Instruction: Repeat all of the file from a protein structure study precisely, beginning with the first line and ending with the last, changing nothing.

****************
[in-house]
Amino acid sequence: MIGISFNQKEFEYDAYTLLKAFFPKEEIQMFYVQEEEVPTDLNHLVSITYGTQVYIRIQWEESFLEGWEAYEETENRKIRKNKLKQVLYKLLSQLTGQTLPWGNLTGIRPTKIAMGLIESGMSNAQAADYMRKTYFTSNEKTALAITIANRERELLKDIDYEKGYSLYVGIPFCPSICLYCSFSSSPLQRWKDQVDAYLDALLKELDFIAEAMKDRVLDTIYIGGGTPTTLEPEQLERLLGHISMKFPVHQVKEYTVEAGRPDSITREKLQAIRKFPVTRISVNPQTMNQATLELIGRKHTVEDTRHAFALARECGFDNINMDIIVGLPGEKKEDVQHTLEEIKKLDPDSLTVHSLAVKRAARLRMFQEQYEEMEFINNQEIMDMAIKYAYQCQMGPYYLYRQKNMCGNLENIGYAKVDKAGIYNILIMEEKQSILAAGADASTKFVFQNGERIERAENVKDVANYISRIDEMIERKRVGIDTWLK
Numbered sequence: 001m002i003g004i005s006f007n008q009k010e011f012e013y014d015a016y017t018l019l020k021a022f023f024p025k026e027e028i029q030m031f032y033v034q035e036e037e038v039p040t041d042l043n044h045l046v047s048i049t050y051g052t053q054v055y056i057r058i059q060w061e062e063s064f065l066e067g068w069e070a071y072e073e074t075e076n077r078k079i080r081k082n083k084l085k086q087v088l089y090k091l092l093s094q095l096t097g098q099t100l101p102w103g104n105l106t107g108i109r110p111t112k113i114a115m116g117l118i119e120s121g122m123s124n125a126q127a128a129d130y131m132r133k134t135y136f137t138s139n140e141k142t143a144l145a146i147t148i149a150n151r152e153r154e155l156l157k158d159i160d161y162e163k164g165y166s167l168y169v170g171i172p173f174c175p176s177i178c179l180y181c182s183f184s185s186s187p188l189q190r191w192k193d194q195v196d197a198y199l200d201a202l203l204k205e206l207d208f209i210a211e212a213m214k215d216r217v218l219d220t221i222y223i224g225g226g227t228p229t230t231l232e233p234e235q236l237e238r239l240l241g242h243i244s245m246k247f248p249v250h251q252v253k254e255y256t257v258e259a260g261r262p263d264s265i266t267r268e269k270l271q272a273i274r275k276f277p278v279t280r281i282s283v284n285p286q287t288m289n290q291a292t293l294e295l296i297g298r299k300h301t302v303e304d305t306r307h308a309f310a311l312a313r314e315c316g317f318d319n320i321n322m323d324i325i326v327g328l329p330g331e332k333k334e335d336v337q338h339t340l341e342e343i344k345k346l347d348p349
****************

[in-house]
Amino acid sequence: MIGISFNQKEFEYDAYTLLKAFFPKEEIQMFYVQEEEVPTDLNHLVSITYGTQVYIRIQWEESFLEGWEAYEETENRKIRKNKLKQVLYKLLSQLTGQTLPWGNLTGIRPTKIAMGLIESGMSNAQAADYMRKTYFTSNEKTALAITIANRERELLKDIDYEKGYSLYVGIPFCPSICLYCSFSSSPLQRWKDQVDAYLDALLKELDFIAEAMKDRVLDTIYIGGGTPTTLEPEQLERLLGHISMKFPVHQVKEYTVEAGRPDSITREKLQAIRKFPVTRISVNPQTMNQATLELIGRKHTVEDTRHAFALARECGFDNINMDIIVGLPGEKKEDVQHTLEEIKKLDPDSLTVHSLAVKRAARLRMFQEQYEEMEFINNQEIMDMAIKYAYQCQMGPYYLYRQKNMCGNLENIGYAKVDKAGIYNILIMEEKQSILAAGADASTKFVFQNGERIERAENVKDVANYISRIDEMIERKRVGIDTWLK
Numbered sequence: 001m002i003g004i005s006f007n008q009k010e011f012e013y014d015a016y017t018l019l020k021a022f023f024p025k026e027e028i029q030m031f032y033v034q035e036e037e038v039p040t041d042l043n044h045l046v047s048i049t050y051g052t053q054v055y056i057r058i059q060w061e062e063s064f065l066e067g068w069e070a071y072e073e074t075e076n077r078k079i080r081k082n083k084l085k086q087v088l089y090k091l092l093s094q095l096t097g098q099t100l101p102w103g104n105l106t107g108i109r110p111t112k113i114a115m116g117l118i119e120s121g122m123s124n125a126q127a128a129d130y131m132r133k134t135y136f137t138s139n140e141k142t143a144l145a146i147t148i149a150n151r152e153r154e155l156l157k158d159i160d161y162e163k164g165y166s167l168y169v170g171i172p173f174c175p176s177i178c179l180y181c182s183f184s185s186s187p188l189q190r191w192k193d194q195v196d197a198y199l200d201a202l203l204k205e206l207d208f209i210a211e212a213m214k215d216r217v218l219d220t221i222y223i224g225g226g227t228p229t230t231l232e233p234e235q236l237e238r239l240l241g242h243i244s245m246k247f248p249v250h251q252v253k254e255y256t257v258e259a260g261r262p263d264s265i266t267r268e269k270l271q272a273i274r275k276f277p278v279t280r281i282s283v284n285p286q287t288m289n290q291a292t293l294e295l296i297g298r299k300h301t302v303e304d305t306r307h308a309f310a311l312a313r314e315c316g317f318d319n320i321n322m323d324i325i326v327g328l329p330g331e332k333k334e335d336v337q338h339t340l341e342e343i344k345k346l347d348p349